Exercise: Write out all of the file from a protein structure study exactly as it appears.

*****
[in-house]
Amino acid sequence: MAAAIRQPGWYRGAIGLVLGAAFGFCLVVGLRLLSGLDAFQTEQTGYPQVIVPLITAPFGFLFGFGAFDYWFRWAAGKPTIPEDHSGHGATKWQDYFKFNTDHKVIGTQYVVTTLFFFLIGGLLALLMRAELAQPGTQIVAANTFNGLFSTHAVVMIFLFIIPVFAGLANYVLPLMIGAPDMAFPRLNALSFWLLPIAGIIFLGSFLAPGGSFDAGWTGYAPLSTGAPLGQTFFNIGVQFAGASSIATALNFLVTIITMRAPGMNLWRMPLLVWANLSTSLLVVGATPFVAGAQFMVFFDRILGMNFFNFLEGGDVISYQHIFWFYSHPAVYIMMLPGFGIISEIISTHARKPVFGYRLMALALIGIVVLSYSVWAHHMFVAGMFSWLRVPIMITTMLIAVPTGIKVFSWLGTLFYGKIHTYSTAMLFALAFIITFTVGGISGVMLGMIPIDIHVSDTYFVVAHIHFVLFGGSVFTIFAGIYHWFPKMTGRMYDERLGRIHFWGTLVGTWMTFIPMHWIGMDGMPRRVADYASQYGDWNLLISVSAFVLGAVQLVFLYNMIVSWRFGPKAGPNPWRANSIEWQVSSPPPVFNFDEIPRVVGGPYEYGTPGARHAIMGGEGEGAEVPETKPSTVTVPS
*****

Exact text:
[in-house]
Amino acid sequence: MAAAIRQPGWYRGAIGLVLGAAFGFCLVVGLRLLSGLDAFQTEQTGYPQVIVPLITAPFGFLFGFGAFDYWFRWAAGKPTIPEDHSGHGATKWQDYFKFNTDHKVIGTQYVVTTLFFFLIGGLLALLMRAELAQPGTQIVAANTFNGLFSTHAVVMIFLFIIPVFAGLANYVLPLMIGAPDMAFPRLNALSFWLLPIAGIIFLGSFLAPGGSFDAGWTGYAPLSTGAPLGQTFFNIGVQFAGASSIATALNFLVTIITMRAPGMNLWRMPLLVWANLSTSLLVVGATPFVAGAQFMVFFDRILGMNFFNFLEGGDVISYQHIFWFYSHPAVYIMMLPGFGIISEIISTHARKPVFGYRLMALALIGIVVLSYSVWAHHMFVAGMFSWLRVPIMITTMLIAVPTGIKVFSWLGTLFYGKIHTYSTAMLFALAFIITFTVGGISGVMLGMIPIDIHVSDTYFVVAHIHFVLFGGSVFTIFAGIYHWFPKMTGRMYDERLGRIHFWGTLVGTWMTFIPMHWIGMDGMPRRVADYASQYGDWNLLISVSAFVLGAVQLVFLYNMIVSWRFGPKAGPNPWRANSIEWQVSSPPPVFNFDEIPRVVGGPYEYGTPGARHAIMGGEGEGAEVPETKPSTVTVPS